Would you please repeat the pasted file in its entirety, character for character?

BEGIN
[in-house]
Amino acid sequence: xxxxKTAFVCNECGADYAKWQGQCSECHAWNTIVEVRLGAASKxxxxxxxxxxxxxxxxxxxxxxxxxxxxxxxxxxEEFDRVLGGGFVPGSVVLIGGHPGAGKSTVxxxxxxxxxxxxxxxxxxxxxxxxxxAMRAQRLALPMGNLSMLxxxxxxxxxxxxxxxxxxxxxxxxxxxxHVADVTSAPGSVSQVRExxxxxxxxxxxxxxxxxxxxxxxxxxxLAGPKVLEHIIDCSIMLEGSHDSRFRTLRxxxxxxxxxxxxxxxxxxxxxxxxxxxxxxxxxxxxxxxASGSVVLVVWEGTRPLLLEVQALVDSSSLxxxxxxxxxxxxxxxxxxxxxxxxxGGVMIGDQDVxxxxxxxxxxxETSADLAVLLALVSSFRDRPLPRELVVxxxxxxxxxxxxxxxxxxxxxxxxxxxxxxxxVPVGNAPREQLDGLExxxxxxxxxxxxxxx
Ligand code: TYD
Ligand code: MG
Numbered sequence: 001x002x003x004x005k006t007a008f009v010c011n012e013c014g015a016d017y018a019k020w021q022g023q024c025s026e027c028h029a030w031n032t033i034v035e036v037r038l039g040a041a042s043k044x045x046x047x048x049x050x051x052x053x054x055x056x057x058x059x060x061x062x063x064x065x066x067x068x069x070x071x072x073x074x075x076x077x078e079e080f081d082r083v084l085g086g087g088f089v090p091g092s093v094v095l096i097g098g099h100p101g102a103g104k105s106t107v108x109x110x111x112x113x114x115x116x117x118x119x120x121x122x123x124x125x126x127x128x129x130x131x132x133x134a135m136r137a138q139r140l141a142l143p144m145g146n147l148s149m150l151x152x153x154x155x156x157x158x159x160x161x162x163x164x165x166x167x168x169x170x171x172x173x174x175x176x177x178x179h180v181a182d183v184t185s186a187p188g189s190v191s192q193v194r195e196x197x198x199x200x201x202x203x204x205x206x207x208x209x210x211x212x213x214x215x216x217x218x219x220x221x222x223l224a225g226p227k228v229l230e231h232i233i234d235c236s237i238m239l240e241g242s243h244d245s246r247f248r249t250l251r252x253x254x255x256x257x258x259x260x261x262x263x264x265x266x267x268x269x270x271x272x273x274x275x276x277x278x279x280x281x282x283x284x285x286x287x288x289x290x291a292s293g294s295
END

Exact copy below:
[in-house]
Amino acid sequence: xxxxKTAFVCNECGADYAKWQGQCSECHAWNTIVEVRLGAASKxxxxxxxxxxxxxxxxxxxxxxxxxxxxxxxxxxEEFDRVLGGGFVPGSVVLIGGHPGAGKSTVxxxxxxxxxxxxxxxxxxxxxxxxxxAMRAQRLALPMGNLSMLxxxxxxxxxxxxxxxxxxxxxxxxxxxxHVADVTSAPGSVSQVRExxxxxxxxxxxxxxxxxxxxxxxxxxxLAGPKVLEHIIDCSIMLEGSHDSRFRTLRxxxxxxxxxxxxxxxxxxxxxxxxxxxxxxxxxxxxxxxASGSVVLVVWEGTRPLLLEVQALVDSSSLxxxxxxxxxxxxxxxxxxxxxxxxxGGVMIGDQDVxxxxxxxxxxxETSADLAVLLALVSSFRDRPLPRELVVxxxxxxxxxxxxxxxxxxxxxxxxxxxxxxxxVPVGNAPREQLDGLExxxxxxxxxxxxxxx
Ligand code: TYD
Ligand code: MG
Numbered sequence: 001x002x003x004x005k006t007a008f009v010c011n012e013c014g015a016d017y018a019k020w021q022g023q024c025s026e027c028h029a030w031n032t033i034v035e036v037r038l039g040a041a042s043k044x045x046x047x048x049x050x051x052x053x054x055x056x057x058x059x060x061x062x063x064x065x066x067x068x069x070x071x072x073x074x075x076x077x078e079e080f081d082r083v084l085g086g087g088f089v090p091g092s093v094v095l096i097g098g099h100p101g102a103g104k105s106t107v108x109x110x111x112x113x114x115x116x117x118x119x120x121x122x123x124x125x126x127x128x129x130x131x132x133x134a135m136r137a138q139r140l141a142l143p144m145g146n147l148s149m150l151x152x153x154x155x156x157x158x159x160x161x162x163x164x165x166x167x168x169x170x171x172x173x174x175x176x177x178x179h180v181a182d183v184t185s186a187p188g189s190v191s192q193v194r195e196x197x198x199x200x201x202x203x204x205x206x207x208x209x210x211x212x213x214x215x216x217x218x219x220x221x222x223l224a225g226p227k228v229l230e231h232i233i234d235c236s237i238m239l240e241g242s243h244d245s246r247f248r249t250l251r252x253x254x255x256x257x258x259x260x261x262x263x264x265x266x267x268x269x270x271x272x273x274x275x276x277x278x279x280x281x282x283x284x285x286x287x288x289x290x291a292s293g294s295